By Andrew Chalk photos by Robert Bostick
This weekend in a tasting at WinePoste.com Texas Viognier soundly trounced California and French wines made from the Viognier grape. The judges were professional sommeliers from Dallas restaurants including The Pyramid Room, The Dallas Country Club, The Gaylord Texan, Sēr at The Hilton Anatole and Kitchen LTO among others. All of the wines were tasted blind (i.e. nobody knew the identity of the wines – they were in numbered brown bags). The wines were not just a sample, but every Viognier made in Texas (the only absentee that I know of was Cap Rock Winery, which is undergoing some turmoil at present). Plus, we had two high scoring California Viognier wines and a wine from the putative home of the grape in the modern era – Condrieu in the northern Rhone region of France.
I put together this tasting because, after four years touring over 80 Texas wineries, I have concluded that Viognier is the white grape that has proved most successful in the state. In fact, I felt it had reached a level that was comparable with California Viognier (although maybe not that of France). I was baffled that the national wine media such as Wine Spectator, The Wine Advocate and Wines and Spirits did not include Texas wines when they evaluated Viognier. Clearly, this was a matter that only the facts would settle: a blind tasting of French, California and Texas Viognier by expert palates to determine where the wines stood.
Choosing The Wines
I contacted every Texas winery and asked them to supply two bottles of each Viognier they made that was currently available for resale. The wineries came through enthusiastically with 13 wineries supplying 16 wines.
Next, I needed a strong California benchmark for comparison. I asked Sigel’s wine buyer, Jasper Russo, to pick three, and I would buy the first two I found at retail in Dallas. He suggested: Miner Family Vineyard, Calera, and Melville. I found the 2010 Calera, Mt. Harlan, $34 (91 points, Wine Advocate) and the 2011 Melville Estate Viognier “Verna’s”, $25 (91 points, International Wine Cellar) and purchased them.
Finally, I needed a wine from the modern home of the Viognier grape, and the place that is still regarded as the benchmark for Viognier. I chose the 2011 Saint Cosme, Condrieu because this $65 wine scored over 94 points out of 100 in web reviews and is made by maybe the most decorated producer in the Rhône over the past two years. I expected this wine to win hands down, the compensation being that it was over twice the price of most of the Texas entrants.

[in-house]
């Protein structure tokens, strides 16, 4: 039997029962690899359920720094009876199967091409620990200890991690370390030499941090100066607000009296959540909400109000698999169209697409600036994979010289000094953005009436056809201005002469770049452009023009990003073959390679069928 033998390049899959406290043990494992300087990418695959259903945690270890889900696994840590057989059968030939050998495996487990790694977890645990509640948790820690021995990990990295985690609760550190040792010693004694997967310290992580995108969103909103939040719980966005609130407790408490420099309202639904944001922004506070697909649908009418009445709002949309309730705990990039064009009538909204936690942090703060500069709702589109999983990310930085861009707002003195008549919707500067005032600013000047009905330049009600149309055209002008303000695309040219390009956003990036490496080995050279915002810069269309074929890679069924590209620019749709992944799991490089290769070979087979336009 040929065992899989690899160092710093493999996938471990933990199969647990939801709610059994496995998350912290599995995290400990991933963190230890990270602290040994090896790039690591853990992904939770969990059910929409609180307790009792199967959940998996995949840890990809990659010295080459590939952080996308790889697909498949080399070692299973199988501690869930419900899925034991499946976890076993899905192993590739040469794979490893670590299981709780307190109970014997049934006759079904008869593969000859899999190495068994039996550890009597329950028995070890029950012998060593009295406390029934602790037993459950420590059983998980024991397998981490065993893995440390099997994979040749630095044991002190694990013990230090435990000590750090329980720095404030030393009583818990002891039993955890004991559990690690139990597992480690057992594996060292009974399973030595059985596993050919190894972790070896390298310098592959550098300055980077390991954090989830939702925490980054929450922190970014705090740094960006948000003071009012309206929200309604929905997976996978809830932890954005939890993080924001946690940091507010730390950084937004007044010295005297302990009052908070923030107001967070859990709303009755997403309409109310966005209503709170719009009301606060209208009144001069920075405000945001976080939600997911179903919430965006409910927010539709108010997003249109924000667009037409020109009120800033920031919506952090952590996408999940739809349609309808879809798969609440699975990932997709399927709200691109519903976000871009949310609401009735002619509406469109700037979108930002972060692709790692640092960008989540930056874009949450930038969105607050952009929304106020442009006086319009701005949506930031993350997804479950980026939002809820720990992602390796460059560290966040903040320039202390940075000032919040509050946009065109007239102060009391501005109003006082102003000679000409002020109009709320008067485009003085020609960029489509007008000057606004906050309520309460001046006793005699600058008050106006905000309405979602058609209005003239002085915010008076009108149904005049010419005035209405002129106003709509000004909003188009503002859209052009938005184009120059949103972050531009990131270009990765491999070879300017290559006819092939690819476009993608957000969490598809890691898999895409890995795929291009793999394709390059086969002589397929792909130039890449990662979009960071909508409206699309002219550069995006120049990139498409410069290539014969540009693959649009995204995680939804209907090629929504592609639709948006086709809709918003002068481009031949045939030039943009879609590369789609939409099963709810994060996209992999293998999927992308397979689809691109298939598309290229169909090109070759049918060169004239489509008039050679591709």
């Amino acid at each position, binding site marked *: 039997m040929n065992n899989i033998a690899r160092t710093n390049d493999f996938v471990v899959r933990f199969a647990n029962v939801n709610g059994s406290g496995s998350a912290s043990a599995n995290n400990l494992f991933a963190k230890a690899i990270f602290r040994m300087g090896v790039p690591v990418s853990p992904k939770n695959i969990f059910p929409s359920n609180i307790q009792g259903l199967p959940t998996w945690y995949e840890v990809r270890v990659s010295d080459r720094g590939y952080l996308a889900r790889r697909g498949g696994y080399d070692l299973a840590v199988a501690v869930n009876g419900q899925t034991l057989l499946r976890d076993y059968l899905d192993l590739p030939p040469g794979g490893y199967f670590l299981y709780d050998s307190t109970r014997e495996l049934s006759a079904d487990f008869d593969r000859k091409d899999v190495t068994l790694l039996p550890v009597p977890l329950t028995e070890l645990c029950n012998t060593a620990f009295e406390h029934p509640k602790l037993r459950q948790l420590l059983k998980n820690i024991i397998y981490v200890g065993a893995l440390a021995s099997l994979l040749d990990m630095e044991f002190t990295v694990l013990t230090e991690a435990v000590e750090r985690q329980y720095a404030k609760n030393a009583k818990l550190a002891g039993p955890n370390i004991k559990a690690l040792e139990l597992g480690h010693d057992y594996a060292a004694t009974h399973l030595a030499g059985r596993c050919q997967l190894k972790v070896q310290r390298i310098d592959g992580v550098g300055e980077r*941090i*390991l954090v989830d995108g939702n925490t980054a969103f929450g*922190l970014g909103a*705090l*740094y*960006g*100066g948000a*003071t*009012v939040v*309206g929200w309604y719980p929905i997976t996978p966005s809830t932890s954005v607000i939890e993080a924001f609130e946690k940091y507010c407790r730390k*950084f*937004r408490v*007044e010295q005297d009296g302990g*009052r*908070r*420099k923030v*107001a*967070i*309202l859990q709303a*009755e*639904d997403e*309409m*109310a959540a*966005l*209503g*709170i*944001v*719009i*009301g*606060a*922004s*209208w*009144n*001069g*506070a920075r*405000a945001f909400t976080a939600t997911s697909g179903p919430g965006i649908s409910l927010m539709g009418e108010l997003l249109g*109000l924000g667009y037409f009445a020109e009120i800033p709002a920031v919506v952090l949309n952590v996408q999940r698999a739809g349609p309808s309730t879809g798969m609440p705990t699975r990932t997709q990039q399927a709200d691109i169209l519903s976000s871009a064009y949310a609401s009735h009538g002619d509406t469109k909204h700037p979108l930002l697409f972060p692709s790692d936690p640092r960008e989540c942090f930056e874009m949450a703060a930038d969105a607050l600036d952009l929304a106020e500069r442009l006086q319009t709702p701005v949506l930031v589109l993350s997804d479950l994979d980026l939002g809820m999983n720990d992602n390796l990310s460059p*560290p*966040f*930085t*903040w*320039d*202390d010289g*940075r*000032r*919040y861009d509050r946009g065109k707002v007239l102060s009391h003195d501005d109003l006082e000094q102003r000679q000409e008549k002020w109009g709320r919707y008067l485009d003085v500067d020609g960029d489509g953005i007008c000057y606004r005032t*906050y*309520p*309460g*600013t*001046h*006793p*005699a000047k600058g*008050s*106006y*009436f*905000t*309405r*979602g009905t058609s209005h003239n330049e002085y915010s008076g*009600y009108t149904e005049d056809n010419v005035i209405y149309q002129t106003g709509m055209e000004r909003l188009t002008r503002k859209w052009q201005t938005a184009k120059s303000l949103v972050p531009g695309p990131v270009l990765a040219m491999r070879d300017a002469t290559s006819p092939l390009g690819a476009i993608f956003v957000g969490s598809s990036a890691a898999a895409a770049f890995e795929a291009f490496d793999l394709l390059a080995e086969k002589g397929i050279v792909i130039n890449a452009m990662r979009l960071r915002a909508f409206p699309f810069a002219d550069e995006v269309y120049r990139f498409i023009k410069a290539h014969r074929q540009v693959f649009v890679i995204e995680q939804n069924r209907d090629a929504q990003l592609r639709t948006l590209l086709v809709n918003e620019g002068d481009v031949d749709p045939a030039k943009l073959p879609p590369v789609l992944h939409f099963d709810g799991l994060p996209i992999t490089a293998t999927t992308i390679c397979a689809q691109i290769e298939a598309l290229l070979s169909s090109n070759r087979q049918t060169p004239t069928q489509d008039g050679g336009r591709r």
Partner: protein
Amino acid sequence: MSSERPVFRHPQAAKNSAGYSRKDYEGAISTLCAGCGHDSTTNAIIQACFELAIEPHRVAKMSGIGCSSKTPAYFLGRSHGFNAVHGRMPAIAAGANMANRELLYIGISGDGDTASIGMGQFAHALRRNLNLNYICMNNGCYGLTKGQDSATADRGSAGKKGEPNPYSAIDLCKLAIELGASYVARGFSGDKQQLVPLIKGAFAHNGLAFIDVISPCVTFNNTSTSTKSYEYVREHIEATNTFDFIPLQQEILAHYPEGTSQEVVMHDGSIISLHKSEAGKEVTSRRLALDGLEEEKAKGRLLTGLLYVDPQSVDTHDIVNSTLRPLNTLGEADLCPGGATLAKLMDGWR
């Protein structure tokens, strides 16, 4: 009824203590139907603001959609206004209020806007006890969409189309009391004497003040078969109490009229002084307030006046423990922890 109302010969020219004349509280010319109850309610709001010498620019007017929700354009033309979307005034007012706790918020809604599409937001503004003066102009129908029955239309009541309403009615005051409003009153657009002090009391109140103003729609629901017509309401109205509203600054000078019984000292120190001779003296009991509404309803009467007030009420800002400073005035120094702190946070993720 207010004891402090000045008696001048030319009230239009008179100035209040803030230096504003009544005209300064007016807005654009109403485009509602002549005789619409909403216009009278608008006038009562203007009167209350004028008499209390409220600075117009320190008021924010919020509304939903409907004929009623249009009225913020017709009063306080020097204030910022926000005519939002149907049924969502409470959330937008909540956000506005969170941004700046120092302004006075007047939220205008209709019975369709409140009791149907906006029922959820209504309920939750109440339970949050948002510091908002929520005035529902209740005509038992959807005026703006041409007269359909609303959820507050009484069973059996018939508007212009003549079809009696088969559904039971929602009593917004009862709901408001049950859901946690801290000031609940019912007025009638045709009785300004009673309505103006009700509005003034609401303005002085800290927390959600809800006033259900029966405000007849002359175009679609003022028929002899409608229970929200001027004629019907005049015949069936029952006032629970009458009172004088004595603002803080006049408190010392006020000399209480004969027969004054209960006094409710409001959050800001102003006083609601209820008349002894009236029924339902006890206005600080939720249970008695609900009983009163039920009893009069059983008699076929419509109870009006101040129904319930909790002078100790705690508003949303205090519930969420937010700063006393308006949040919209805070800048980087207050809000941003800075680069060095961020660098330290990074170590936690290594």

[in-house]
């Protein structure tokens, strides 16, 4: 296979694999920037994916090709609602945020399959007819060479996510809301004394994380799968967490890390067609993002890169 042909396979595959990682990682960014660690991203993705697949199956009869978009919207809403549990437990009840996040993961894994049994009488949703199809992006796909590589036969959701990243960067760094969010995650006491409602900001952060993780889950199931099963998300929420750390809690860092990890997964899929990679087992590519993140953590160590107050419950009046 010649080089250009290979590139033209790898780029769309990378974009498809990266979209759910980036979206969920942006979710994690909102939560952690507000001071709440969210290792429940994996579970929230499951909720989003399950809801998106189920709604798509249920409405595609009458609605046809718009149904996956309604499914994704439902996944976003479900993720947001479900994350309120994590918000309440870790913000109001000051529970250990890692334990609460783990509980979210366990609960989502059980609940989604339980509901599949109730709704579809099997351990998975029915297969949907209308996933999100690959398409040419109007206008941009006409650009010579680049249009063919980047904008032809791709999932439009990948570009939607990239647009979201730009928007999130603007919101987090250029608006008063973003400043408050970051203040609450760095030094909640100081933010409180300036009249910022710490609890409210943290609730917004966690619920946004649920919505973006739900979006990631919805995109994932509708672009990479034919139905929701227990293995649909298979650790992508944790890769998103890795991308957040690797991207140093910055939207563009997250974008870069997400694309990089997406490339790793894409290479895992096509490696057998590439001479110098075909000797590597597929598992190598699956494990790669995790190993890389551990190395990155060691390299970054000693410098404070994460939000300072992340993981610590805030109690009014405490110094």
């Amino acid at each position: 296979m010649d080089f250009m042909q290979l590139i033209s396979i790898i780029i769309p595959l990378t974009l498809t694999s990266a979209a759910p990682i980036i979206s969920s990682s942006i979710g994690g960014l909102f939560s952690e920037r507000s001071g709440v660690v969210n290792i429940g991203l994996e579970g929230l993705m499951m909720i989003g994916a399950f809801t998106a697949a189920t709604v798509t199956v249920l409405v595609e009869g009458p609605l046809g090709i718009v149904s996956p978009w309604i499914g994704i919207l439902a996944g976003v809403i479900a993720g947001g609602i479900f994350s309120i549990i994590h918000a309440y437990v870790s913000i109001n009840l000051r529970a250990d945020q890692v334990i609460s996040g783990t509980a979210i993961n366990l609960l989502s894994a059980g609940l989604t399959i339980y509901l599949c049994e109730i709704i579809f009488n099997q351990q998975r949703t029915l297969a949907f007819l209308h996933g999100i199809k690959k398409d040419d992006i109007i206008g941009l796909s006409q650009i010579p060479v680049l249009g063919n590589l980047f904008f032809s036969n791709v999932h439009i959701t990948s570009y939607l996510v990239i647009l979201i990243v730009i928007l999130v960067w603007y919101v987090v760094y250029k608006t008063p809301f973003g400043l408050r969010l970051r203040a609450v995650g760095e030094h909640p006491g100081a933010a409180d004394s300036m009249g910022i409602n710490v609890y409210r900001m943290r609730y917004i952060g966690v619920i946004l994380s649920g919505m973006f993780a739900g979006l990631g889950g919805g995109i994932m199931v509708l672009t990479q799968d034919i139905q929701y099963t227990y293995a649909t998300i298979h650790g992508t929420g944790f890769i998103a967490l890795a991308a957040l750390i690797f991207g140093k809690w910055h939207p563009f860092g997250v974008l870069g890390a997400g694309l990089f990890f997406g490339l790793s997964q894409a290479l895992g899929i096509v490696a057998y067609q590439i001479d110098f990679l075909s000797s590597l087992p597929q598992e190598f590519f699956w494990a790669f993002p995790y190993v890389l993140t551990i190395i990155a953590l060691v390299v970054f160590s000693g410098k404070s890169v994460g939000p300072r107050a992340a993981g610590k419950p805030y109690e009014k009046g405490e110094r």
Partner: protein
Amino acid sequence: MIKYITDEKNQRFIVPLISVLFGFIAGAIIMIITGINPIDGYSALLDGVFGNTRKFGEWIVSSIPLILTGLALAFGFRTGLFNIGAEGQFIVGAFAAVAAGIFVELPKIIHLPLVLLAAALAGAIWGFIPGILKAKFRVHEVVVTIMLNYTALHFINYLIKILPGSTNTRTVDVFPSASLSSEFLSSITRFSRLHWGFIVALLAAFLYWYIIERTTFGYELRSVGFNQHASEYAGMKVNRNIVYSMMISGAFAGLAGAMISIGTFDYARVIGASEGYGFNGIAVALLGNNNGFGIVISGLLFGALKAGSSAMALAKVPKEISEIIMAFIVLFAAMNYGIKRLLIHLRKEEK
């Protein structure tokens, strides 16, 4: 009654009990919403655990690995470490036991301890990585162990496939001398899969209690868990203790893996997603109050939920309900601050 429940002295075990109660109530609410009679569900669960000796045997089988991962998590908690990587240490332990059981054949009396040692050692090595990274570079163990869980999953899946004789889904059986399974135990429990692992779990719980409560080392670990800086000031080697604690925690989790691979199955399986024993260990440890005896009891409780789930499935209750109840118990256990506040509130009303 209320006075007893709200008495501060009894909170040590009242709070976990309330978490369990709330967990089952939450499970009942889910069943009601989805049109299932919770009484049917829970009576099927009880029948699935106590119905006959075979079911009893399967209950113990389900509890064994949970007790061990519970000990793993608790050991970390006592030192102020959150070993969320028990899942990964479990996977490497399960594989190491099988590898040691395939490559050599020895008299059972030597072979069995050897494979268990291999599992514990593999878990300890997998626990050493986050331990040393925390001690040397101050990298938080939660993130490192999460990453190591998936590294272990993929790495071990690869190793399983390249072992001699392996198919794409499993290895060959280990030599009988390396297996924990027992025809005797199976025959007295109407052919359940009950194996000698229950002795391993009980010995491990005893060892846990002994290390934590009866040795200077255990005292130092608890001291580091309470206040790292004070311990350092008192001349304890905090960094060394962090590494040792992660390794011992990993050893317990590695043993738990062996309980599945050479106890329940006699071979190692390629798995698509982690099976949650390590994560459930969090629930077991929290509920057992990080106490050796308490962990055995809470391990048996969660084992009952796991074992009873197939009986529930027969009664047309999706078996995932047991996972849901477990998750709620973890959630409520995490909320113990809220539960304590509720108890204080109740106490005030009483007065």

Choosing The Tasters
I figured that if I did the judging the results would be about as credible as Paris Hilton discussing Newton’s Laws of Motion. So I emailed every professional sommelier in town and invited them to be a judge. On the day, eight sommeliers came to The WinePoste.com and spent two hours in silence comparing nineteen wines and passing written judgment.
I excluded myself from the scores reported below as I was involved in the packaging and preparation for the tasting. I also knew the identity of the non-Texas wines and any of this could be conceived as biasing the result.
Here are the full results.
|RANK (1 is highest)||WINE NAME|
|1||2012 Pedernales Cellars Reserve ($40)|
|2||2011 Brennan Vineyards ($17.50)|
|3||2012 Becker Vineyards ($15)|
|4||2012 McPherson Cellars ($14)|
|5||2012 Lost Oak Winery ($21)|
|6||2012 Pedernales Cellars ($18)|
|7||2011 Melville ‘Verna’s”, Santa Barbara County, CA ($25)|
|8||2012 Flat Creek Estate|
|8||2012 Perissos Vineyard and Winery|
|10||2010 Calera, Mt. Harlan CA ($34)|
|10||2011 Cross Timbers Winery|
|12||2010 LightCatcher Winery|
|13||2012 Llano Estacado Winery, TX Raider|
|14||2011 Landon Winery|
|15||2011 Saint Cosme Condrieu, France ($65)|
|16||2012 Landon Winery|
|17||2010/11 Blue Ostrich Winery & Vineyard|
|18||2012 Kiepersol Estates Winery|
|19||2010 Llano Estacado Winery, ‘Mont. Sec Vineyards’|